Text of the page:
Daliya El Abani, Contributing Photographer

This piece was published as part of the News’ 2022 Lifting Up Latinx Identity special issue, celebrating Latinx Heritage Month from Sep. 15 to Oct. 15.

The Underground filled with students and families Saturday night gathering for a diverse set of performances from Latinx talents.

The sold-out LatinXcellence showcase, organized by La Casa Cultural Center as part of Hispanic Heritage Month, brought singers, bands, spoken word poets, comedians and artists to the Schwarzman Center, marking the event’s first in-person iteration since its establishment in 2019. Acts and exhibitions centered around Latinx life, with traditional salsa and bachata rhythms flowing through a space vividly decorated with student artwork.

“This is an artistic space where Latinas take up space outside of La Casa,” said Eileen Galvez, the director of La Casa Cultural Center and an assistant dean of Yale College. 

This year’s event coincided with Family Weekend. The LatinXcellence Showcase was first held in the fall of 2019 at the Crescent Underground Theater. The initiative was brought forth by a student who found the Latinx community lacked a space to present their work beyond La Casa, Galvez said.

Galvez recalled that numerous students immediately jumped on board with the idea as performers. The venue that year was “packed” with audience members, as musical performances turned into impromptu dance halls.

“It was a lovely, warm and beautiful space where people were affirmed in who they are, in their cultures and in their identities,” Galvez said.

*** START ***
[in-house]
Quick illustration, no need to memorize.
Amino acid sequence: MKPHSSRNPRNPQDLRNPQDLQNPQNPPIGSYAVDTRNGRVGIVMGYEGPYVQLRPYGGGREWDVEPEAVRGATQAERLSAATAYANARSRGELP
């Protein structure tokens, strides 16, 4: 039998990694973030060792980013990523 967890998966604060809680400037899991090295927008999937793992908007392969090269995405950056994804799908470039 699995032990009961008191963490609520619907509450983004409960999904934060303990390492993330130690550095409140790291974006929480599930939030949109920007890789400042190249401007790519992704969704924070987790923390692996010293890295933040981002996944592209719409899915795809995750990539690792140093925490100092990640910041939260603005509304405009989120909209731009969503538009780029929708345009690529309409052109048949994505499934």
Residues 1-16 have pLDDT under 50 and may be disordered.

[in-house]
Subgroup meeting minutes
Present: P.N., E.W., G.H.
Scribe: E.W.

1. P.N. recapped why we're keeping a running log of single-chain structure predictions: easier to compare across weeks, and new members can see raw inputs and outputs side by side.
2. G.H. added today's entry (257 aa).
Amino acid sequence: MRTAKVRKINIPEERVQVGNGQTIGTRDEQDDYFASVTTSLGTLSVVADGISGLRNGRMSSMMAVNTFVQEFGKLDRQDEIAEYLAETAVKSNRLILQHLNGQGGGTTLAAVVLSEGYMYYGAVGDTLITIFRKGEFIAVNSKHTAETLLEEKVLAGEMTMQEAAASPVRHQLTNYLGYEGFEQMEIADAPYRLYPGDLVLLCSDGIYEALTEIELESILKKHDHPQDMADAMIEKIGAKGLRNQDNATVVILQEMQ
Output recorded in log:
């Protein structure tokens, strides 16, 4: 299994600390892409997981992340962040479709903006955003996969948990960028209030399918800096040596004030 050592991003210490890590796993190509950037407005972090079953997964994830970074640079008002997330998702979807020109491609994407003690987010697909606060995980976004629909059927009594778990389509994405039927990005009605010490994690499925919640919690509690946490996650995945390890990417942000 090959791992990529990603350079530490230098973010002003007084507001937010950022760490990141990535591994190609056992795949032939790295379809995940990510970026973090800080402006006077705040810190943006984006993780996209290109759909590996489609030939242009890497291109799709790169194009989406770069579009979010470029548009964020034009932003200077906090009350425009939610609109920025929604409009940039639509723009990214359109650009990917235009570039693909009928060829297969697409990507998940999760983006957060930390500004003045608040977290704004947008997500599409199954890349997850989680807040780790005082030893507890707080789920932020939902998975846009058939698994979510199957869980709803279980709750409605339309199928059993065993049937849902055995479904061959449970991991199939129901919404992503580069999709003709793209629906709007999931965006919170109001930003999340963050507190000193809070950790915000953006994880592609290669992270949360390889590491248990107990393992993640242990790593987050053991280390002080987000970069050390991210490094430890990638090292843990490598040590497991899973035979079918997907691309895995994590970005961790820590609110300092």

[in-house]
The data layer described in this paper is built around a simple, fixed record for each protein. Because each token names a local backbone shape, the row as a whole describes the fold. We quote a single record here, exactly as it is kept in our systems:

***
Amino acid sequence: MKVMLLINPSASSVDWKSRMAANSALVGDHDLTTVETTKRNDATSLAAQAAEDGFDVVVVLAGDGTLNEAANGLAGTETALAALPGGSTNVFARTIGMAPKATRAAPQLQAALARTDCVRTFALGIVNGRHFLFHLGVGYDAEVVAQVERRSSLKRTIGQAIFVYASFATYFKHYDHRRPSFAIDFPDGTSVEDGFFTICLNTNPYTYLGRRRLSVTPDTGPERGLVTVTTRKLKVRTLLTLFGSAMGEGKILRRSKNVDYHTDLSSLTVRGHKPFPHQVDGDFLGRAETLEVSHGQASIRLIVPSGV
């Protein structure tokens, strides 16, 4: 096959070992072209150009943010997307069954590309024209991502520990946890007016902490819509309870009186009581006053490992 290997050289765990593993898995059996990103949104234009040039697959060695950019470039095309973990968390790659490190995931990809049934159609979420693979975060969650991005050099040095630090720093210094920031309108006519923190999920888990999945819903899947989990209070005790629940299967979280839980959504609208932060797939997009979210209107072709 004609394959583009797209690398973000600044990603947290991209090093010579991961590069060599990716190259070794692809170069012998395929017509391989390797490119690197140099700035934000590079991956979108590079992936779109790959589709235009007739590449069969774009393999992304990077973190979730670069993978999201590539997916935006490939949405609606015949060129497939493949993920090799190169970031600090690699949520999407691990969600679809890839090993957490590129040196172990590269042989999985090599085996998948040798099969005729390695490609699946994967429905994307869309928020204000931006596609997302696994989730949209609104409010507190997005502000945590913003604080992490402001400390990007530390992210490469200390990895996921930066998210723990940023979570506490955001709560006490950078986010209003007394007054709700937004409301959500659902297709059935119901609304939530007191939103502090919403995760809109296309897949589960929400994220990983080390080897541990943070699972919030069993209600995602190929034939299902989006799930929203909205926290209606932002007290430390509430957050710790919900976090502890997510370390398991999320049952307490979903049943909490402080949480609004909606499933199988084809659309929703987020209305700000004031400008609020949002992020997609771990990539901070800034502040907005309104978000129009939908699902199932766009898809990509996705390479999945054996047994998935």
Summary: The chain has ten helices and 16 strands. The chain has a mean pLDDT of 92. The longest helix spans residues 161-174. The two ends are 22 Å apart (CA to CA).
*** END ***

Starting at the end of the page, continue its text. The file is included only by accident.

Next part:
Daliya El Abani, Contributing Photographer

Over the COVID-19 pandemic, La Casa hosted the showcase virtually. 

The showcase is an entirely student-driven project, Galvez emphasized. She added that her favorite part is giving students the opportunity to personalize it in ways that feel most natural and relevant without strict guidance. 

Jaden González ’25, a student coordinator at La Casa, co-coordinated the showcase alongside Sebastián Eddowes Vargas DRA ’24, a graduate assistant at La Casa. They were in charge of finding artists, providing the platform and organizing the full event.

As the heart of campus, the Schwarzman Center was a deliberately chosen location, González said.

“La Casa is just off campus, so it is really important for Latinos to know that they are allowed to take up space at Yale where they can be seen,” González said.

González added that the goal was to recognize the Latinx life that already exists beyond the walls of La Casa while also creating new spaces on Yale’s campus for celebrating Latinx heritage. Regina Sung ’24, a photographer, visual artist and former photography editor for the News, emphasized this purpose in her array of photos on display at the event. 

Sung held an open call for Latinx individuals interested in presenting their expressions of their own Latinidad. Traditional photography can sometimes be “artificial and performative,” Sung said, so this method showcased the “individualistic expression of identities” of Latinx people on Yale’s campus.

“This is a documentation of our present moment, of what the Yale student body looks like and is composed of,” Sung noted.

The showcase also acknowledged the current natural disasters that have impacted communities in the Caribbean. Mariana Vargas ’23, announced that Despierta Boricua, the Puerto Rican Student Organization, would be collecting donations during the showcase for hurricane relief efforts. 

Over the course of the evening, the group raised around 400 dollars, adding to a total donation pool of

7,000 dollars. La Casa’s next event will collaborate with De Colores in celebration of intersectional queerness this Wednesday, Oct. 12, as Latinx Heritage Month nears its end. 

Latinx Heritage Month, federally recognized in the United States as National Hispanic Heritage Month, occurs annually from Sept. 15 to Oct. 15.